CIPS CONNECTIONSINTERVIEWS by STEPHEN IBARAKI, FCIPS, I.S.P., ITCP, MVP, DF/NPA, CNP
Internationally Renowned Multimedia Authority
This week, Stephen Ibaraki has an exclusive interview with Gary Rosenzweig.
Gary Rosenzweig is the Chief Engineer, founder, and owner of CleverMedia, a game and multimedia development company in Denver, Colorado. He has written 10 books on Macromedia Director and Flash.
Gary has degrees from both Drexel University in Philadelphia and the University of North Carolina in Chapel Hill. He has been building multimedia projects since 1989. CleverMedia was founded in 1995 and has produced more than 250 Shockwave and Flash games for CleverMedia's sites and other companies.
Gary's book credits include:
Q: Gary, as a leading authority on multimedia, we are very fortunate to have you with us. Thank you!
A: Thank you.
Q: You participated in the SPARC program while in high school. Was this part of the catalyst which prompted your interest in computers and technology?
A: I was actually interested in computers from a very early age. I played with a PDP-11 and an early Apple in the 70s and then lobbied my family hard for my own computer when I was 12. Within days of it arriving, I had begun to program games in BASIC.
Q: You have a computer science degree from Drexel University but you learned even more about newspapers while there. Comments?
A: I lived two lives where at Drexel. One was as a typical geek computer science student. I loved programming. But my other life was as another type of geek -- a newspaper one. Over the course of my undergraduate career, I rose to be Editor-In-Chief of the paper. So I'd alternate between writing recursive sorting algorithms and writing columns criticizing the school administration. By my senior year I figured I should continue to learn more about journalism. So I applied and was accepted at the University of North Carolina for their master's program.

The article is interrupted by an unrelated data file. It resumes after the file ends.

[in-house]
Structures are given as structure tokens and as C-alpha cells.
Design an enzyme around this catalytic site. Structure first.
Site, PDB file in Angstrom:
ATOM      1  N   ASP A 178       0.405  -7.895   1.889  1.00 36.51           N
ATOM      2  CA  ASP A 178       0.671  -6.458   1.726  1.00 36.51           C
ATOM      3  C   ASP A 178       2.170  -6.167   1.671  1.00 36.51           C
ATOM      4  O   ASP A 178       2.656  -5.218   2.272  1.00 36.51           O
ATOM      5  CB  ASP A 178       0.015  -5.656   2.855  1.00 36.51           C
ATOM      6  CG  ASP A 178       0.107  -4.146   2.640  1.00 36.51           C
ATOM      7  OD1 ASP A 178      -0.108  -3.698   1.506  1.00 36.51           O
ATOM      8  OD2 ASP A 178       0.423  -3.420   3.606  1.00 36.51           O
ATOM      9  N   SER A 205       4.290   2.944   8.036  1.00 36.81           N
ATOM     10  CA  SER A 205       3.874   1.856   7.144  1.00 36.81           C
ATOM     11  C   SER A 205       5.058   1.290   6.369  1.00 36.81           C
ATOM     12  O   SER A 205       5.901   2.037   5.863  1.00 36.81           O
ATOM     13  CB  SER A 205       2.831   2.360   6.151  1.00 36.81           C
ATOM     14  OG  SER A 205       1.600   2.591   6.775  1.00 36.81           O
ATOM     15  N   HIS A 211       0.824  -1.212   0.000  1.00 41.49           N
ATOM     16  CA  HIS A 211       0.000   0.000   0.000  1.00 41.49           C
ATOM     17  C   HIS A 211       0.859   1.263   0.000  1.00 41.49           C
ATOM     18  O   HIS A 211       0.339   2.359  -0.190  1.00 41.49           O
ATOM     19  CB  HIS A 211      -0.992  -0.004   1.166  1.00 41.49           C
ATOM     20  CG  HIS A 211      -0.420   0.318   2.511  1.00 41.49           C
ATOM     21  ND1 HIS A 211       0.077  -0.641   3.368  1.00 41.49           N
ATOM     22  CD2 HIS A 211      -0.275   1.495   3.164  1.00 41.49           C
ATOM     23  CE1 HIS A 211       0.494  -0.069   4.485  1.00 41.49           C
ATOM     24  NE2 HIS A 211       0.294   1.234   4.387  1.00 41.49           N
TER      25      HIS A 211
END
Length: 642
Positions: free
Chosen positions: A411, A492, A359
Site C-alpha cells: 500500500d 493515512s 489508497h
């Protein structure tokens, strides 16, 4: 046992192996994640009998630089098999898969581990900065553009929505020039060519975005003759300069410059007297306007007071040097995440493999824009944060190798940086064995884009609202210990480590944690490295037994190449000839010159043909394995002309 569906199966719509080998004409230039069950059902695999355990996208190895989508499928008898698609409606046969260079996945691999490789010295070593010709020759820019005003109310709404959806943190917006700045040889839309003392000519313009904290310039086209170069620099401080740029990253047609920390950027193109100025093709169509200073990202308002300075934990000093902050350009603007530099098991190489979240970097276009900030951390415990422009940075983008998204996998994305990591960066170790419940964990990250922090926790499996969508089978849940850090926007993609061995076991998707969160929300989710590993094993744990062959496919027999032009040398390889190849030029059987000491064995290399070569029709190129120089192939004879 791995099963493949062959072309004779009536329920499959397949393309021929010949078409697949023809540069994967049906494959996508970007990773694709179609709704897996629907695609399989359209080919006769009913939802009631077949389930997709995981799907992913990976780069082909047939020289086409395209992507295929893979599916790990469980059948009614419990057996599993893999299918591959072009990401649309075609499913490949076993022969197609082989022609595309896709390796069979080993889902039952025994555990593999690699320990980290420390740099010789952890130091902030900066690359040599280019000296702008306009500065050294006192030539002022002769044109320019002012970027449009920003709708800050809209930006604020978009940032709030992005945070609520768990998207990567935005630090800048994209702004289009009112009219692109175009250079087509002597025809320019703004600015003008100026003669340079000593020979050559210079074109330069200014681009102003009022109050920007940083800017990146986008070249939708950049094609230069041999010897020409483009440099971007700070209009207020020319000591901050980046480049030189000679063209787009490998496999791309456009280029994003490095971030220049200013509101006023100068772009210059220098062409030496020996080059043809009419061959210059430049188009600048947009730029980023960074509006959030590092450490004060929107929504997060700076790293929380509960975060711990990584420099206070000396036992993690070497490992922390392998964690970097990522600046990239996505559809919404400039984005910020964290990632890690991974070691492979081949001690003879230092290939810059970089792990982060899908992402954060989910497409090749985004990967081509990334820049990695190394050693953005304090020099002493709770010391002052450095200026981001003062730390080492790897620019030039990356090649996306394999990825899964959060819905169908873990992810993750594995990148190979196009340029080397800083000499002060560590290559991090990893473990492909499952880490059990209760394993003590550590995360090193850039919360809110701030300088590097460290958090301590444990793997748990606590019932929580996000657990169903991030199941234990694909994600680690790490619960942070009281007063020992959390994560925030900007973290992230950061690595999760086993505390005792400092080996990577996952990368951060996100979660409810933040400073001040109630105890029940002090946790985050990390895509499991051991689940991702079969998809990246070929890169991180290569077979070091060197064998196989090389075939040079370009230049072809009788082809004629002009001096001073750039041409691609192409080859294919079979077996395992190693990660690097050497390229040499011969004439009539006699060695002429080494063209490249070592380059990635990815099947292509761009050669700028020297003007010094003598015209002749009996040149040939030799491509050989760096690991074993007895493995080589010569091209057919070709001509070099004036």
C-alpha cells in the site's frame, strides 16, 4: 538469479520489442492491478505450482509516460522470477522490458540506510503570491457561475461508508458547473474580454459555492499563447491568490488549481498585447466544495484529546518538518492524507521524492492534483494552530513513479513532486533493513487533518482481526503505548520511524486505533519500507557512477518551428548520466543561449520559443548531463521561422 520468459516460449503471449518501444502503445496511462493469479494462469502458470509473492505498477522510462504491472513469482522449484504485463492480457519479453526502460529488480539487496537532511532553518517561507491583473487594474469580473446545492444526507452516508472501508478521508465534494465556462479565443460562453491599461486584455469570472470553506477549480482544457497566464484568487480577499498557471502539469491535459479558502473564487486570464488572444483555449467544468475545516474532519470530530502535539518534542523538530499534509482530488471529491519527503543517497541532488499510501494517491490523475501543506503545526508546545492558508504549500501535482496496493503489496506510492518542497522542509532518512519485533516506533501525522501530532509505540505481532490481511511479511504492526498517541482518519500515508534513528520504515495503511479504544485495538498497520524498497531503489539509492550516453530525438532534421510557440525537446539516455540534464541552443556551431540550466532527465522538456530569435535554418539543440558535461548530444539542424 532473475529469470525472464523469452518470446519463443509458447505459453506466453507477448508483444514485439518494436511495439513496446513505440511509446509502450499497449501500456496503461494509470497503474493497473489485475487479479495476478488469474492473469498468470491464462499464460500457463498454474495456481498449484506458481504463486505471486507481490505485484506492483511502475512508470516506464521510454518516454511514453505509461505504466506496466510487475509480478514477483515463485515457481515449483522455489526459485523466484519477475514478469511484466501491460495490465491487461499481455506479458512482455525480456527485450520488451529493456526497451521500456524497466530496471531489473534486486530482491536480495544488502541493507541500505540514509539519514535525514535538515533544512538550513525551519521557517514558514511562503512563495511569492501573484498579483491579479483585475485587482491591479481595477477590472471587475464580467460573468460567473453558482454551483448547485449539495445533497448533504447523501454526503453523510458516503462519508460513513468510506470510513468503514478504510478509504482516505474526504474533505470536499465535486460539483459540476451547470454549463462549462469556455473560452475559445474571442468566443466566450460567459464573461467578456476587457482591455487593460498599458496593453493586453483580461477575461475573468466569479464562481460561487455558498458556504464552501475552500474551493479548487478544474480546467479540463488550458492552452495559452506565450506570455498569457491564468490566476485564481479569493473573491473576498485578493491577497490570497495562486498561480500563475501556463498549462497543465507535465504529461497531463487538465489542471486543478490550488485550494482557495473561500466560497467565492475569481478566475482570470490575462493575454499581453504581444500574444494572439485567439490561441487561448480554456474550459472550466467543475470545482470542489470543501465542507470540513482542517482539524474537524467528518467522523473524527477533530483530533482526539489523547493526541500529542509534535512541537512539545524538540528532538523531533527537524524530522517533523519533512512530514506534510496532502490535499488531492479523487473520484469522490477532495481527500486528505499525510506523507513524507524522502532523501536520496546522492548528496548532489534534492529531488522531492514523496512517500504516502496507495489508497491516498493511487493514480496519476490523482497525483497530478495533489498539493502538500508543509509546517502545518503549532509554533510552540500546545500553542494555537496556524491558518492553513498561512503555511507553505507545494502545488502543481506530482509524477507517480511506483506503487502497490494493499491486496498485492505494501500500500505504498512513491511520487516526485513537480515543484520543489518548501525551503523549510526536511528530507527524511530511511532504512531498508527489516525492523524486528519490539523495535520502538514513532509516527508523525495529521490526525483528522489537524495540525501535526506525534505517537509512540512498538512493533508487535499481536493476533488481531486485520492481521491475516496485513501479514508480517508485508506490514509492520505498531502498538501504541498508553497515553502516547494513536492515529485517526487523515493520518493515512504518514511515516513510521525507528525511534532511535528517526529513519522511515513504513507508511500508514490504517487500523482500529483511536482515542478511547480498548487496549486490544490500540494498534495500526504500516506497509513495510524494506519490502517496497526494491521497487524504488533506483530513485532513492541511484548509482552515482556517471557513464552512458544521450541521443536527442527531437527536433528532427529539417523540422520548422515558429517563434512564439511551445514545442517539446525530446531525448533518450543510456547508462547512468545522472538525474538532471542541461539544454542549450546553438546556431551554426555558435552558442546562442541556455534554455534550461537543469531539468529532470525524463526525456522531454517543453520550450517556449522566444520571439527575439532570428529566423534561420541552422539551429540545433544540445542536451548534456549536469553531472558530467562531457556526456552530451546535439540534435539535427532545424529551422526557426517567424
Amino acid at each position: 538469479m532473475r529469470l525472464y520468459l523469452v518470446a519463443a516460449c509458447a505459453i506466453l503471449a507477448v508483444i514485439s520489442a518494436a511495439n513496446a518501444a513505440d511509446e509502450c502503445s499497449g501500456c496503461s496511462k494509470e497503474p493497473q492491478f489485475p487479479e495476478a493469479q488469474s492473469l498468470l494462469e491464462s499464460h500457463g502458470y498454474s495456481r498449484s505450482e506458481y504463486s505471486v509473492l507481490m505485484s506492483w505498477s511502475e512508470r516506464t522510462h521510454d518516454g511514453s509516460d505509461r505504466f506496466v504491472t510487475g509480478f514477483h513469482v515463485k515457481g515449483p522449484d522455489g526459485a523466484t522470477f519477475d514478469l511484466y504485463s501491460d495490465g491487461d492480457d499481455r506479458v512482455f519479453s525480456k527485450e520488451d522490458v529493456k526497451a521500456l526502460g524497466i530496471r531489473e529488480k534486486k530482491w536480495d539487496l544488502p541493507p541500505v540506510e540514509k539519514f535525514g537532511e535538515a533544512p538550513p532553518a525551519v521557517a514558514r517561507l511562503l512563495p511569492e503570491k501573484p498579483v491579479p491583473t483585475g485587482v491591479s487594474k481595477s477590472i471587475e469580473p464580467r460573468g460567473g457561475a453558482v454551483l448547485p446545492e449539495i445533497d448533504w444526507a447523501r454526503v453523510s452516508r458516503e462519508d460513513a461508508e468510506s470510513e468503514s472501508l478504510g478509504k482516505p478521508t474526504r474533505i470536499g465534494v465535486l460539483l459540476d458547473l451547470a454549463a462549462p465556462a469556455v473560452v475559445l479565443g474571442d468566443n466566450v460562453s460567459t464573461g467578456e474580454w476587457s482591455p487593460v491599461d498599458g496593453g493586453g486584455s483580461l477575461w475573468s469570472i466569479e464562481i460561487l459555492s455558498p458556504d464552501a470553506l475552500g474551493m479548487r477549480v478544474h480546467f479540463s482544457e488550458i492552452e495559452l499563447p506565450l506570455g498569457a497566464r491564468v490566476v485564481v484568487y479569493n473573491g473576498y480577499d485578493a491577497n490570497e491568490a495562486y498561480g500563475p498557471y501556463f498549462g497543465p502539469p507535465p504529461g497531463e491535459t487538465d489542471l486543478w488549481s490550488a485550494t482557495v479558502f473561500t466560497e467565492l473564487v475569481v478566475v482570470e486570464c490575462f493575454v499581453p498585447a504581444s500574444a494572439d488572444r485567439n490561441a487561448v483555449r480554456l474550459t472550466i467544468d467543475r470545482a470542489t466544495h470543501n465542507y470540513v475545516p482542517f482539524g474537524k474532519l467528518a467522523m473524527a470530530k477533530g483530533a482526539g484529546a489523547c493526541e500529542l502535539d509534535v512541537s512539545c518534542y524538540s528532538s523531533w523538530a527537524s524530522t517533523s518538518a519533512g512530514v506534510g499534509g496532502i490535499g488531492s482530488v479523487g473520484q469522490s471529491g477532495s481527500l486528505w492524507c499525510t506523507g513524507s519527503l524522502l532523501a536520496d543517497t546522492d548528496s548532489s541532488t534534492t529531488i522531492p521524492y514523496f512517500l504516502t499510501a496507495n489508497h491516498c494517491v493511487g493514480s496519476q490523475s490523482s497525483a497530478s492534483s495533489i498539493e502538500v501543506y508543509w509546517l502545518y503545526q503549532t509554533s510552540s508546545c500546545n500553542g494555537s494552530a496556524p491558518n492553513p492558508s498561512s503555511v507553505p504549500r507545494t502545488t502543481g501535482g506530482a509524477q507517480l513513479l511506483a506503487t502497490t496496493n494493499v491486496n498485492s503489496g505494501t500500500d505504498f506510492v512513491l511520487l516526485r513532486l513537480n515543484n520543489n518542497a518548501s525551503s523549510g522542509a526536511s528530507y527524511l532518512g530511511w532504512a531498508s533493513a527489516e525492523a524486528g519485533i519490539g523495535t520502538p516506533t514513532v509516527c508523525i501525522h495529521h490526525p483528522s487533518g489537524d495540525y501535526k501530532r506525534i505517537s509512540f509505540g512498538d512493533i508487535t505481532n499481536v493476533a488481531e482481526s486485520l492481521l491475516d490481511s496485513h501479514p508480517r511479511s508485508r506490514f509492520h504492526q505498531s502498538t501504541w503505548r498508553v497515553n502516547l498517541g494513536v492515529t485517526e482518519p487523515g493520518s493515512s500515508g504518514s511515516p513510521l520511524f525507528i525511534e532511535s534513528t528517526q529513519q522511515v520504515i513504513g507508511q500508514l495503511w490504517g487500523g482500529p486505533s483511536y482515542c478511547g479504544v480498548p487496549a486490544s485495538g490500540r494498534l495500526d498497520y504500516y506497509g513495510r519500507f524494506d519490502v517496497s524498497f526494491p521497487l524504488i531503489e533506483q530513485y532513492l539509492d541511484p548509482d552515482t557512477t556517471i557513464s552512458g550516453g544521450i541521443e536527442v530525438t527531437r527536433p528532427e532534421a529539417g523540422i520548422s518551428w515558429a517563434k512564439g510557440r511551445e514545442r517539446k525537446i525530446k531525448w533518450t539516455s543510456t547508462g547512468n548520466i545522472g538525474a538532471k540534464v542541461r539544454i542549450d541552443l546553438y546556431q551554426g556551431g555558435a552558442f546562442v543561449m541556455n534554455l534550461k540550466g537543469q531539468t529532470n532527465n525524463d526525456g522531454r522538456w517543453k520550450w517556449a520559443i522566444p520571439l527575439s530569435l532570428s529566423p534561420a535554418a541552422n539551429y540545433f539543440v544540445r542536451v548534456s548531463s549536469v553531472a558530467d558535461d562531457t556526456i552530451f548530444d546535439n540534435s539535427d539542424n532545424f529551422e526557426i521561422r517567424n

Q: What tips and lessons can you share from your Master’s in Journalism and Mass Communications and then your stint at the Baltimore Sun and your work in media research?
A: The best things I learned in j-school were the basics of writing, reporting, the newspaper business, and so on. I've been able to apply those basics to my current business. Running a network of game sites is kind of like being a publisher as well as a game developer. So I am fortunate that I understand a bit about publishing.
As for my media research, it was too early to really learn anything. That was 1992-94, just before the Web. I predicted over and over again that newspapers would be delivered electronically. It was only a few years later that my primary news source became the Web. Today, my custom My Yahoo page is my "newspaper".
Q: You had a “blast” while building a multimedia news magazine for Ingenius, a Reuters and TCI Cable company. What is involved and what valuable experiences can you share from this time?
A: Ingenius was ahead of its time in all aspects. We delivered a multimedia news magazine to kids 5 days a week. This was a set of large files that were sent out over early (one-way) cable modems every night. The stories had images, text, sounds, video and activities and games.
The whole experience was like going to school to learn about the Web business before the Web business existed. The problems the company had, both technologically and economically, were the same ones that Web companies would face in the late 90s. Ingenius even dot-bombed before the dot-boom.
But what Ingenius did was amazing. There were 3 journalists, 3 educators and 3 multimedia authors all working on up to 6 stories a day. So it was kind of like a newspaper in a way. My job was to maintain the underlying application that presented the stories each day, plus the tools the authors used to compose the stories, plus add games. The whole thing was done in Director 4. It was exciting and fun. After it ended, we all scattered to the far ends of the new Internet economy. So there is a little bit of Ingenius everywhere.
Q: Share a tip from your books including: "Special Edition Using Director MX" (Que Publishing); "Advanced Lingo for Games" (Que Publishing); "Flash MX ActionScript for Fun and Games" (Que Publishing); "MacAddict, Making Music with GarageBand"
A: The best tip from all of them: Programming is just problem solving. Writing a program is just like solving one big problem. But every big problem can be broken down into smaller problems, and so on. So whenever a programming problem seems too hard, it is just because you haven't broken it down enough.
For instance, "making a space invaders" game might seem too hard for a novice. So break it down. "Moving the gun in a space invaders game" might seem too hard as well. So break it down. "Recognizing the left arrow key is being pressed" is doable for a novice. So do that one little bit and then move on to the next little bit.